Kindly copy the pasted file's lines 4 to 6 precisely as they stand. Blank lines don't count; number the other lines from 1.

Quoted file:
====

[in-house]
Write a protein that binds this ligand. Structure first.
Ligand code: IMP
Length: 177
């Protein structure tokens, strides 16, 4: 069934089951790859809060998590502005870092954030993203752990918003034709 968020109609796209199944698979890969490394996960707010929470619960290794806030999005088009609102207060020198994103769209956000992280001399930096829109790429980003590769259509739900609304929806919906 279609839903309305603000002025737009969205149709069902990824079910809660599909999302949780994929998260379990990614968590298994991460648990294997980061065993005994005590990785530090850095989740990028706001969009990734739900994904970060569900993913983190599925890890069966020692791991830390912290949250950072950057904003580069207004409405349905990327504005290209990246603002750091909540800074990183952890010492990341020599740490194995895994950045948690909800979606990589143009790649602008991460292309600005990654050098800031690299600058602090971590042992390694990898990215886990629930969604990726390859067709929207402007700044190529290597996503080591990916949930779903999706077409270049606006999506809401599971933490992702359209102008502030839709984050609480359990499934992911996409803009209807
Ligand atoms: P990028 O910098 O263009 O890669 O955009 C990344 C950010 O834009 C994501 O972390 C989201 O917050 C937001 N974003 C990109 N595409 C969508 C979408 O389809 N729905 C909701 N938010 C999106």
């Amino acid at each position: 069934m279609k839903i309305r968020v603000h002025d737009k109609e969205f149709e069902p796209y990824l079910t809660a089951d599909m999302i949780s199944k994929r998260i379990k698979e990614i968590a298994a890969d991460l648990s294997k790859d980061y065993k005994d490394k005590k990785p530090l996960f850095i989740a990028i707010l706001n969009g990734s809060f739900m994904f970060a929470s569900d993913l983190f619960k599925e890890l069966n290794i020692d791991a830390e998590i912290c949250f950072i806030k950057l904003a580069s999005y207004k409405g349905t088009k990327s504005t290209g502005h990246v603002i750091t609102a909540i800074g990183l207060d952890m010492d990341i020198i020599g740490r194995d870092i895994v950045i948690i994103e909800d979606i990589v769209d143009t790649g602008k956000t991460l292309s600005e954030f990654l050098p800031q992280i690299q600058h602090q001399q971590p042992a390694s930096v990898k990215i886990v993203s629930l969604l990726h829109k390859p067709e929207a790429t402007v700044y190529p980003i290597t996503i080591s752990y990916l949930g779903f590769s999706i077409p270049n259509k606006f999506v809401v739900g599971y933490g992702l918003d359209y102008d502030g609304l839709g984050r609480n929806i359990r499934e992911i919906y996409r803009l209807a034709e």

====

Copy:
Length: 177
């Protein structure tokens, strides 16, 4: 069934089951790859809060998590502005870092954030993203752990918003034709 968020109609796209199944698979890969490394996960707010929470619960290794806030999005088009609102207060020198994103769209956000992280001399930096829109790429980003590769259509739900609304929806919906 279609839903309305603000002025737009969205149709069902990824079910809660599909999302949780994929998260379990990614968590298994991460648990294997980061065993005994005590990785530090850095989740990028706001969009990734739900994904970060569900993913983190599925890890069966020692791991830390912290949250950072950057904003580069207004409405349905990327504005290209990246603002750091909540800074990183952890010492990341020599740490194995895994950045948690909800979606990589143009790649602008991460292309600005990654050098800031690299600058602090971590042992390694990898990215886990629930969604990726390859067709929207402007700044190529290597996503080591990916949930779903999706077409270049606006999506809401599971933490992702359209102008502030839709984050609480359990499934992911996409803009209807
Ligand atoms: P990028 O910098 O263009 O890669 O955009 C990344 C950010 O834009 C994501 O972390 C989201 O917050 C937001 N974003 C990109 N595409 C969508 C979408 O389809 N729905 C909701 N938010 C999106």